Continue reading “Making it So: the Return of Jean-Luc Picard & STAR TREK’s Nostalgic Future”
Essays, TV

Nostalgia & STAR TREK: PICARD, DISCOVERY and the Future

Nostalgia seems to be a double edged sword right now in Hollywood. What on the surface appears to be a comforting guaranteed winner in terms of audience satisfaction and cinematic box office is becoming something of a poisoned creative chalice.

The lacklustre critical (if not box-office) responses to pictures such as Jurassic World: Fallen Kingdom or Ocean’s Eight, sequels to long-standing, well-regarded franchises; or Lucasfilm’s decision to put a hold on more A Star Wars Story anthology movies after the tepid box office (by Star Wars terms) of Solo, seemingly putting immediately paid to rumoured Boba Fett & Obi-Wan Kenobi-centric films. There is a nostalgia blowback in progress, the ripple effect of which we are only beginning to understand. Is this a ripple effect that, like the Nexus in Generations, threatens to engulf the future of the Star Trek franchise?

In a year soaked with controversy when it comes to working practices in American television, Star Trek has unfortunately not escaped the taint of disappointing choices. Star Trek: Discovery showrunners Gretchen Berg & Aaron Harberts were dismissed from the series due to reputed abusive behaviour toward their staff, a move which coincided with their temporary replacement Alex Kurtzman inking a massive deal with CBS Television Studios to produce movie and TV projects under his production banner, Secret Hideout, which includes taking over showrunning duties for the remainder of Discovery’s Season 2 (currently filming) and developing brand new Star Trek projects for CBS All Access’ pay-per-view service. Kurtzman has been involved with Discovery since the beginning, since Bryan Fuller’s brief establishment of Trek’s long-awaited return to TV, so his appointment as the new man in charge makes, on paper, a world of sense.

Interest has nonetheless turned towards what ‘new’ Star Trek projects Kurtzman might oversee, with fans enormously curious about reports that Kurtzman may be working with Sir Patrick Stewart on bringing back The Next Generation’s Captain Jean-Luc Picard to front one of these forthcoming series. This follows in the wake of Stewart, in recent months, making noises that he would be interested in reprising the role of Picard, which he last played in 2003’s underwhelming Next Generation cinematic send off Star Trek: Nemesis. While at this stage largely industry and tabloid rumour, one that almost seems too good to be true for many Trek fans, it nonetheless opens up a big topic for debate.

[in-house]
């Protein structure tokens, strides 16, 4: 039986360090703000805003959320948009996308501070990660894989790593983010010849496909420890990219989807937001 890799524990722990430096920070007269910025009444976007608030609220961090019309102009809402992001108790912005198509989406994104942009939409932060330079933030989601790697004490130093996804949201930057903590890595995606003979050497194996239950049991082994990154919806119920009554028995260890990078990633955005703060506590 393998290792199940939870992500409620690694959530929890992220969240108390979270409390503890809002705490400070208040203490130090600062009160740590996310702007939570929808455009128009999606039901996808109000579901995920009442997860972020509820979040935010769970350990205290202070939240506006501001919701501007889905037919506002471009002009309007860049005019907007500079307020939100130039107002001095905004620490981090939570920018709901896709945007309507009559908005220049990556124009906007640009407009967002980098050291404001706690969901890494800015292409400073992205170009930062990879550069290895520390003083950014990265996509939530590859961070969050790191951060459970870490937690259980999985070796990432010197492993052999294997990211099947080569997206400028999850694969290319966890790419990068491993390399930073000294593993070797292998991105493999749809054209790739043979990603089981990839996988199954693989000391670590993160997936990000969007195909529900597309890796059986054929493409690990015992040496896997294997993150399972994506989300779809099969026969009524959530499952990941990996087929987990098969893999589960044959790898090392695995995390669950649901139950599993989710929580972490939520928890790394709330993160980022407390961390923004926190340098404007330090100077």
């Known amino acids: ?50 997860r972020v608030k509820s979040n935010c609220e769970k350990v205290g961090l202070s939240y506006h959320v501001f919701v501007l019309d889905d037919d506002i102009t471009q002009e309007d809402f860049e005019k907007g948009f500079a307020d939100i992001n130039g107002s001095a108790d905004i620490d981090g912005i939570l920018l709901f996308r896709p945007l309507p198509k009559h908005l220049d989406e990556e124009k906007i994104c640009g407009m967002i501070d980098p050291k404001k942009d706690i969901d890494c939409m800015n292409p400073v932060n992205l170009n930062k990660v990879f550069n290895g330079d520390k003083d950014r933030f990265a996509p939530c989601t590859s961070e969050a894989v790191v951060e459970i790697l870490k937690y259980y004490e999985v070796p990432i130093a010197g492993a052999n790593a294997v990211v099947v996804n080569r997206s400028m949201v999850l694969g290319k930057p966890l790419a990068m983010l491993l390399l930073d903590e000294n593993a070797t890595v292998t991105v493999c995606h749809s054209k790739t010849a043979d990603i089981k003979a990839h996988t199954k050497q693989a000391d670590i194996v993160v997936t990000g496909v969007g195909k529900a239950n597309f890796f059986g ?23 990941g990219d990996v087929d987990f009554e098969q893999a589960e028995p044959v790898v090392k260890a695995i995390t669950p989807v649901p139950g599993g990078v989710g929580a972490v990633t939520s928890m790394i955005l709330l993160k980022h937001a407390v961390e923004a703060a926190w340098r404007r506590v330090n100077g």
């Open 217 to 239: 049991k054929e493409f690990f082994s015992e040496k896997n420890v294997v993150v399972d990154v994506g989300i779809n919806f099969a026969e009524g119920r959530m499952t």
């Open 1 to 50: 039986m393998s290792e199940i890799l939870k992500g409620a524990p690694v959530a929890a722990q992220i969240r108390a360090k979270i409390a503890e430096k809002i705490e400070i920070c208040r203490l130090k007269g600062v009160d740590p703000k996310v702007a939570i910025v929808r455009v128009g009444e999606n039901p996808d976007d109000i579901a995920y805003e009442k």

If Kurtzman really is thinking of reviving the character of Picard, and bringing Stewart back into the fold, is Trek looking back as a means of moving forward?

Continue reading “Nostalgia & STAR TREK: PICARD, DISCOVERY and the Future”
Season Reviews, TV

STAR TREK: DISCOVERY (Season 1, Part 2): Reflections on the Journey

Star Trek: Discovery has enjoyed a fascinating first season, both in the context of its place in the television landscape and the historic Trek franchise as a whole.

For a start, it was a season of two halves, both shaped by different creatives with different aesthetics. Bryan Fuller’s original influence you can feel in the opening arc regarding the revered Klingon extremist T’Kuvma and how his death makes him a religious martyr, triggers civil infighting and launches a ‘crusade’ against the Federation who killed him. The parallels to modern religious fundamentalist terrorism are as potent an allegory as we’ve ever seen in Star Trek, with old series hand Fuller aware for any new show to work (especially one designed to relaunch the franchise on television), it would need to hold true to the precepts of what people loved about Star Trek: the fact it always reflected where we are as a modern 20th or 21st century society.